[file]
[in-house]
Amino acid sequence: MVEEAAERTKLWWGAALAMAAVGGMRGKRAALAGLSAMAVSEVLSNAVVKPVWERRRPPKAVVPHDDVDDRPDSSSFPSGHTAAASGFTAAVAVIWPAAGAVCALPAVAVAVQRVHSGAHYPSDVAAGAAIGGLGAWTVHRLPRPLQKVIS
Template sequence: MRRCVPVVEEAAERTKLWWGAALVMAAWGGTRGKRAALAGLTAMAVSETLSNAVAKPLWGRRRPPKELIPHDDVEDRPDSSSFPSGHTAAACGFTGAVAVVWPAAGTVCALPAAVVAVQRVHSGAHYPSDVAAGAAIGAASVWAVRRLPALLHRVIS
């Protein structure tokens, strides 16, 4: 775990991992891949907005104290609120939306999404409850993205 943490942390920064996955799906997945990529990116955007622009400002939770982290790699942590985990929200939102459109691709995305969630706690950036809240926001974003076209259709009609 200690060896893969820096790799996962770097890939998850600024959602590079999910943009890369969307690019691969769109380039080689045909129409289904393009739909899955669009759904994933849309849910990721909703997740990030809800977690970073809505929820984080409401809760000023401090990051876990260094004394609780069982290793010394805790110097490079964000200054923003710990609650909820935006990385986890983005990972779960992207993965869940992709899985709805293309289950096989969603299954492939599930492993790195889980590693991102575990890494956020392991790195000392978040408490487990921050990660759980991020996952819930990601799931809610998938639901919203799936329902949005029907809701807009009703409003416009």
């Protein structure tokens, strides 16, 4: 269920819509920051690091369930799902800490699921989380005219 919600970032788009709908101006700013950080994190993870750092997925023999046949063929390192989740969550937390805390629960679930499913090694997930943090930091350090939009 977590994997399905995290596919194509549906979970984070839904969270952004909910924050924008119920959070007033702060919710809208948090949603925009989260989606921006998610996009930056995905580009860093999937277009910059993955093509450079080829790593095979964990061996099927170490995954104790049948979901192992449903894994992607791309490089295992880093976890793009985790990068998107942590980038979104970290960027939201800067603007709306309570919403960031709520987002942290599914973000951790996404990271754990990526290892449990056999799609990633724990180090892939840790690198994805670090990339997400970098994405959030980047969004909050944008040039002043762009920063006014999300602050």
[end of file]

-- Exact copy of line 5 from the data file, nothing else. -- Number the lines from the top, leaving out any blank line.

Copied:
């Protein structure tokens, strides 16, 4: 269920819509920051690091369930799902800490699921989380005219 919600970032788009709908101006700013950080994190993870750092997925023999046949063929390192989740969550937390805390629960679930499913090694997930943090930091350090939009 977590994997399905995290596919194509549906979970984070839904969270952004909910924050924008119920959070007033702060919710809208948090949603925009989260989606921006998610996009930056995905580009860093999937277009910059993955093509450079080829790593095979964990061996099927170490995954104790049948979901192992449903894994992607791309490089295992880093976890793009985790990068998107942590980038979104970290960027939201800067603007709306309570919403960031709520987002942290599914973000951790996404990271754990990526290892449990056999799609990633724990180090892939840790690198994805670090990339997400970098994405959030980047969004909050944008040039002043762009920063006014999300602050």